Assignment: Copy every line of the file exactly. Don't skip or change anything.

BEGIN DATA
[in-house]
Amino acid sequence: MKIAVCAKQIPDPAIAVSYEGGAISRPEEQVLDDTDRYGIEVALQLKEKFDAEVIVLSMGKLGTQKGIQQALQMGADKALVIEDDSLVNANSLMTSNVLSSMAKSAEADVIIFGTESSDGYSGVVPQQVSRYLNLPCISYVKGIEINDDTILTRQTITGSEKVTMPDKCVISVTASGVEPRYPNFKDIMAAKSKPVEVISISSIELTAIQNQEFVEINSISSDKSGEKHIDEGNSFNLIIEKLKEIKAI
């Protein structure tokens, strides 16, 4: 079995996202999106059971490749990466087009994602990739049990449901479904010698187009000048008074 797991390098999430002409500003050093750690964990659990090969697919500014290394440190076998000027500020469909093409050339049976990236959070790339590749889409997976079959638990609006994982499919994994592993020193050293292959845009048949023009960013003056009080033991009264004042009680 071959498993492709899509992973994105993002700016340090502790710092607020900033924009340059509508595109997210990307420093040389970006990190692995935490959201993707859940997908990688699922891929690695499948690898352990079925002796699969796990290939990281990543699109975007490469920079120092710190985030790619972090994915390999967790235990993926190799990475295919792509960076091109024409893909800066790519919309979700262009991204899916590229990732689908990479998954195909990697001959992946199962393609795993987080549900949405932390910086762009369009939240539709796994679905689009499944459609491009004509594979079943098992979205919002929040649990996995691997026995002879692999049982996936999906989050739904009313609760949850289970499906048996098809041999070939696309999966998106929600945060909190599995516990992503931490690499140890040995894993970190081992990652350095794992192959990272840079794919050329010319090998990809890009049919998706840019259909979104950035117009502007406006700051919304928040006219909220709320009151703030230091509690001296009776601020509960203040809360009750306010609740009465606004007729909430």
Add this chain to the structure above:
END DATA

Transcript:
[in-house]
Amino acid sequence: MKIAVCAKQIPDPAIAVSYEGGAISRPEEQVLDDTDRYGIEVALQLKEKFDAEVIVLSMGKLGTQKGIQQALQMGADKALVIEDDSLVNANSLMTSNVLSSMAKSAEADVIIFGTESSDGYSGVVPQQVSRYLNLPCISYVKGIEINDDTILTRQTITGSEKVTMPDKCVISVTASGVEPRYPNFKDIMAAKSKPVEVISISSIELTAIQNQEFVEINSISSDKSGEKHIDEGNSFNLIIEKLKEIKAI
């Protein structure tokens, strides 16, 4: 079995996202999106059971490749990466087009994602990739049990449901479904010698187009000048008074 797991390098999430002409500003050093750690964990659990090969697919500014290394440190076998000027500020469909093409050339049976990236959070790339590749889409997976079959638990609006994982499919994994592993020193050293292959845009048949023009960013003056009080033991009264004042009680 071959498993492709899509992973994105993002700016340090502790710092607020900033924009340059509508595109997210990307420093040389970006990190692995935490959201993707859940997908990688699922891929690695499948690898352990079925002796699969796990290939990281990543699109975007490469920079120092710190985030790619972090994915390999967790235990993926190799990475295919792509960076091109024409893909800066790519919309979700262009991204899916590229990732689908990479998954195909990697001959992946199962393609795993987080549900949405932390910086762009369009939240539709796994679905689009499944459609491009004509594979079943098992979205919002929040649990996995691997026995002879692999049982996936999906989050739904009313609760949850289970499906048996098809041999070939696309999966998106929600945060909190599995516990992503931490690499140890040995894993970190081992990652350095794992192959990272840079794919050329010319090998990809890009049919998706840019259909979104950035117009502007406006700051919304928040006219909220709320009151703030230091509690001296009776601020509960203040809360009750306010609740009465606004007729909430």
Add this chain to the structure above: